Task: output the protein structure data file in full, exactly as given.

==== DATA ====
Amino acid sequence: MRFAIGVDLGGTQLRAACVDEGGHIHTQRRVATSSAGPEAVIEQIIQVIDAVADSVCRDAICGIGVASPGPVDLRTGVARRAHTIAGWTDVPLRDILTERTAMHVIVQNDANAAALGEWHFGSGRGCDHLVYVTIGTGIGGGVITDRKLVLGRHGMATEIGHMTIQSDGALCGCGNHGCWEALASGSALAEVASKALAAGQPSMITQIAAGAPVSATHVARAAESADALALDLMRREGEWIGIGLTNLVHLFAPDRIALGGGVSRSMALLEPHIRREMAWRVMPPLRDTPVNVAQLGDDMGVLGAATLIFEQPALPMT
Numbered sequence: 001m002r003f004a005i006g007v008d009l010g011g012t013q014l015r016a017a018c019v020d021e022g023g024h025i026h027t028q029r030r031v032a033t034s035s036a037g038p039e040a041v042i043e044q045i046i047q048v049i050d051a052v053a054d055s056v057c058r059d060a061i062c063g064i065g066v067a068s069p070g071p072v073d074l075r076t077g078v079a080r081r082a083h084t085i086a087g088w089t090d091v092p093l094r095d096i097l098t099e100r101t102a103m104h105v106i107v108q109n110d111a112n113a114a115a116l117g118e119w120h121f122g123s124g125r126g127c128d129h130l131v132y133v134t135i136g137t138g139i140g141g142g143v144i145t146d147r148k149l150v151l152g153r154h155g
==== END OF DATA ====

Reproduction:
Amino acid sequence: MRFAIGVDLGGTQLRAACVDEGGHIHTQRRVATSSAGPEAVIEQIIQVIDAVADSVCRDAICGIGVASPGPVDLRTGVARRAHTIAGWTDVPLRDILTERTAMHVIVQNDANAAALGEWHFGSGRGCDHLVYVTIGTGIGGGVITDRKLVLGRHGMATEIGHMTIQSDGALCGCGNHGCWEALASGSALAEVASKALAAGQPSMITQIAAGAPVSATHVARAAESADALALDLMRREGEWIGIGLTNLVHLFAPDRIALGGGVSRSMALLEPHIRREMAWRVMPPLRDTPVNVAQLGDDMGVLGAATLIFEQPALPMT
Numbered sequence: 001m002r003f004a005i006g007v008d009l010g011g012t013q014l015r016a017a018c019v020d021e022g023g024h025i026h027t028q029r030r031v032a033t034s035s036a037g038p039e040a041v042i043e044q045i046i047q048v049i050d051a052v053a054d055s056v057c058r059d060a061i062c063g064i065g066v067a068s069p070g071p072v073d074l075r076t077g078v079a080r081r082a083h084t085i086a087g088w089t090d091v092p093l094r095d096i097l098t099e100r101t102a103m104h105v106i107v108q109n110d111a112n113a114a115a116l117g118e119w120h121f122g123s124g125r126g127c128d129h130l131v132y133v134t135i136g137t138g139i140g141g142g143v144i145t146d147r148k149l150v151l152g153r154h155g